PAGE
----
Saunders didn't allow an earned run over seven innings, but the Rangers got two off reliever Carter Capps to win at Safeco Field.
If Justin Smoak had to do it all over again, he’d simply catch the ball this time.
But if Brendan Ryan had done that a few batters earlier, Smoak and the Mariners would not have been in the position of having to make split-second decisions to prevent the tying run from scoring. A depleted offensive attack in this 3-1 loss to the Texas Rangers on Saturday night had the Mariners in the postgame position of second-guessing just about everything they did at the plate and in the field.
The bottom line is, scoring one run in nine innings against a three-time playoff team usually isn’t enough to prevail.
“It happened so quick, I should have caught the ball,” Smoak said of a Nelson Cruz line drive he knocked down in the sixth inning with the bases loaded, one out and his team up by a run.
- One killed, four injured in Snohomish Big Four Ice Caves collapse Monday
- Starbucks prices here to rise 3.5 times as much as nationwide
- Seahawks mailbag: Russell Okung's future, Cliff Avril's role
- Mount St. Helens, still steaming, holds the world’s newest glacier
- Whitest big county in the U.S.? It’s us
Most Read Stories
Rangers base runner Adrian Beltre was right in front of Smoak when he picked the ball up. But rather than tag Beltre and throw elsewhere for a quick double play, Smoak immediately threw to second base.
The Mariners wound up with a time-consuming double play on a rundown to end the inning, but not before the only run the Rangers managed in seven innings against Joe Saunders had crossed the plate first. Texas later scored a pair off relief pitcher Carter Capps in the eighth on two-out singles by Elvis Andrus and Beltre to hand the Mariners their eighth loss in 11 games, this one in front of 23,461 fans at Safeco Field.
Any mistake was going to be huge in a game where Saunders and Texas counterpart Alexi Ogando limited the damage early. Jason Bay had just driven in Kelly Shoppach with the game’s first run on a single to center in the fifth, but then Ryan’s uncharacteristic error on a potential double-play grounder opened the door to the visitors.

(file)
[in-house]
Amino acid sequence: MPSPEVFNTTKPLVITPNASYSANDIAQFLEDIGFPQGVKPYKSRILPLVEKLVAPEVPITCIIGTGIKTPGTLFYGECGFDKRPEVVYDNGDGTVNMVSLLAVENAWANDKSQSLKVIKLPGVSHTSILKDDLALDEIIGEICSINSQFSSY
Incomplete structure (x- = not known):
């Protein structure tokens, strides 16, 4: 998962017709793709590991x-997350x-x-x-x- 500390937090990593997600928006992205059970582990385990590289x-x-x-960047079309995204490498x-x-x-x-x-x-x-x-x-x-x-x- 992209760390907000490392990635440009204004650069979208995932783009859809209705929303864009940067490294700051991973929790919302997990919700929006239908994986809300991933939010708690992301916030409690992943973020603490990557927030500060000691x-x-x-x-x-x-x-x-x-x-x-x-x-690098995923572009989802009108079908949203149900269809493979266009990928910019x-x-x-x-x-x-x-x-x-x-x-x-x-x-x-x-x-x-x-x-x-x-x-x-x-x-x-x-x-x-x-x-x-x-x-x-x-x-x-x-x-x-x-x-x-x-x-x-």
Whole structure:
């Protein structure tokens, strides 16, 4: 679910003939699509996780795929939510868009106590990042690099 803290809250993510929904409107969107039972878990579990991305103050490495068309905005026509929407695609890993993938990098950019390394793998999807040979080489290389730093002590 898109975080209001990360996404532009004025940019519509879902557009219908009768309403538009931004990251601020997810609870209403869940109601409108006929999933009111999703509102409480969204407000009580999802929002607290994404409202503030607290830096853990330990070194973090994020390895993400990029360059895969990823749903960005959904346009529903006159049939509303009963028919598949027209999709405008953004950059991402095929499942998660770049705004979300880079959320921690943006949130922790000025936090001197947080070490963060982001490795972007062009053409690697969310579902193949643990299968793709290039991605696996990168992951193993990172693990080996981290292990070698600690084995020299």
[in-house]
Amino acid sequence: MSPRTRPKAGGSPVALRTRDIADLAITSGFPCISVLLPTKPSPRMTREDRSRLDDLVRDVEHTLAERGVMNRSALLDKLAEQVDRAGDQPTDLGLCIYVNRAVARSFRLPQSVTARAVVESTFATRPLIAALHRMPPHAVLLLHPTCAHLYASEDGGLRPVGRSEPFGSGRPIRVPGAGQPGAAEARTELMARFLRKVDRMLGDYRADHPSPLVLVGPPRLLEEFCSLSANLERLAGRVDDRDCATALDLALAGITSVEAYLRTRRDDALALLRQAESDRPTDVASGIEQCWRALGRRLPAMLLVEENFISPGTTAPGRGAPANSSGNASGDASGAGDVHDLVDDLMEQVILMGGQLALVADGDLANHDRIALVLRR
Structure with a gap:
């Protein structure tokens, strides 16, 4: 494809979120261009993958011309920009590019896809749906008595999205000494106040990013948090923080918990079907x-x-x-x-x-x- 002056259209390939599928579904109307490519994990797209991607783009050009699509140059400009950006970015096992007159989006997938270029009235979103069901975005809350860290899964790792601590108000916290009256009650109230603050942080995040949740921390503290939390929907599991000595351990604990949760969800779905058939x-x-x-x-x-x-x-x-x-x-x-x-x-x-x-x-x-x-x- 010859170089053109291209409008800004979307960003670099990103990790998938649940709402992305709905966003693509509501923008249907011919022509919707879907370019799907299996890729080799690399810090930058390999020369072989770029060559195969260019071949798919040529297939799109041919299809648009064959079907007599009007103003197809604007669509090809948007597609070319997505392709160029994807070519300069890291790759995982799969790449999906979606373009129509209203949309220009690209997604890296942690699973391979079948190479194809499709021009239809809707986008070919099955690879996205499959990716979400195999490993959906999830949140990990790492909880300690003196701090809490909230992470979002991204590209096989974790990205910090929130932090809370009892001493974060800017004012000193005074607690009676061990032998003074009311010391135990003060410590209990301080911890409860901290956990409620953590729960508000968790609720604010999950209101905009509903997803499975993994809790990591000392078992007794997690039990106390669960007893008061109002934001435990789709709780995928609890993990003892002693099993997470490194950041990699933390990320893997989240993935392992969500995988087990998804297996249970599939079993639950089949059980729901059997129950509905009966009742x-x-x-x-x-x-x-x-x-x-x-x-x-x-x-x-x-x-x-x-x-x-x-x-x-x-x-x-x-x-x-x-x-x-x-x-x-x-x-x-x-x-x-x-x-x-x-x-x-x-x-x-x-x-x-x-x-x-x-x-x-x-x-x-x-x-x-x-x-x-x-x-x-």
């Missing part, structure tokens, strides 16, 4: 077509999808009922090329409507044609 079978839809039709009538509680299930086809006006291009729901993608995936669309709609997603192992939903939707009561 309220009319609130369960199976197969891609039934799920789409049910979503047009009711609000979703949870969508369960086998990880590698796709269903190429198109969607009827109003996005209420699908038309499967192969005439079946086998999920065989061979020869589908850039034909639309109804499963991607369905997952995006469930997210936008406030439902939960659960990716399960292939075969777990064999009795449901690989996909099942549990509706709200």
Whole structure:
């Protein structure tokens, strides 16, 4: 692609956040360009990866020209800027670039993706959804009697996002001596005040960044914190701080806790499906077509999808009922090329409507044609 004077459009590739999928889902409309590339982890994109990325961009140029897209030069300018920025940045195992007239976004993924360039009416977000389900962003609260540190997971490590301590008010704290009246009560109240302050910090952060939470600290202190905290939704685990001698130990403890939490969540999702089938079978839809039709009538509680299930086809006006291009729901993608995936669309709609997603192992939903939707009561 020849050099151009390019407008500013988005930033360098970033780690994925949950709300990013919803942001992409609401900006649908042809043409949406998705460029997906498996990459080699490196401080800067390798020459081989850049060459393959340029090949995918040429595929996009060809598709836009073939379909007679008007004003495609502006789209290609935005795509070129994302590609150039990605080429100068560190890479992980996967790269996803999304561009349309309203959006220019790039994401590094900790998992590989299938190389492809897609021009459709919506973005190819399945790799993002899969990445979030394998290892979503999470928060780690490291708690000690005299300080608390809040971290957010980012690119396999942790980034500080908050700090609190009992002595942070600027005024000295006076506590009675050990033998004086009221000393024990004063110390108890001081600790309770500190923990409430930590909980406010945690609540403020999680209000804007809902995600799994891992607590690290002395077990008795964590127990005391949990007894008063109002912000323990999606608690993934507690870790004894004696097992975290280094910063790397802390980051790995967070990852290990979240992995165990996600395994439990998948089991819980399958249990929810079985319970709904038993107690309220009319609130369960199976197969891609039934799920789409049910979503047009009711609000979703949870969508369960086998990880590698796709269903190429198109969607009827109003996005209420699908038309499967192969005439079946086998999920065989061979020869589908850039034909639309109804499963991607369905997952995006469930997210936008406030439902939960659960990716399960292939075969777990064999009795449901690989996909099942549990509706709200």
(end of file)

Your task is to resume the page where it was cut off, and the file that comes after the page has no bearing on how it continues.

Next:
Instead of none on and two out, there were two on and nobody out. Smoak admitted he could have just tagged Beltre, who was racing back to the bag in the event the liner had been caught.
“He was right there,” Smoak said. “But your first instinct is to throw it to second base.”
In the end, making the play required split-second decision-making on a night Smoak and his team left themselves with no margin for error.
The Mariners entered minus injured Michael Morse and Michael Saunders and with Franklin Gutierrez out as well with a stiff groin. On top of that, Jesus Montero was again benched as the team tries to lessen his catching workload, leaving little offense to back up Joe Saunders as he once again held the Rangers in check. Saunders allowed just five fly balls, while scattering three singles.
Unfortunately for Saunders, who got the double-play grounder he needed in that sixth, Ryan just wasn’t up to the task this time.
Neither was Capps, who walked Craig Gentry to start the eighth and then, with two out and a runner on second, gave up the hits that lost the contest. After Andrus put Texas ahead with a single to right, he later broke for second on a steal attempt.
Capps then uncorked a wild pitch, which enabled Andrus to waltz into third and later score easily on Beltre’s single to left.
The Mariners had squandered chances with two runners on in the second and sixth innings. In the lone inning they scored, they had runners at the corners with none out, but barely got one run home.
Mariners manager Eric Wedge said the offense has to finish the job better than it did. That way, he added, the team can overcome the rare Ryan error and not need Smoak to save the day with split-second fielding decisions.
“We’re banged up, obviously,” Wedge said. “You’ve got three out of your first four hitters in the lineup out of there. But we still need to be doing better.”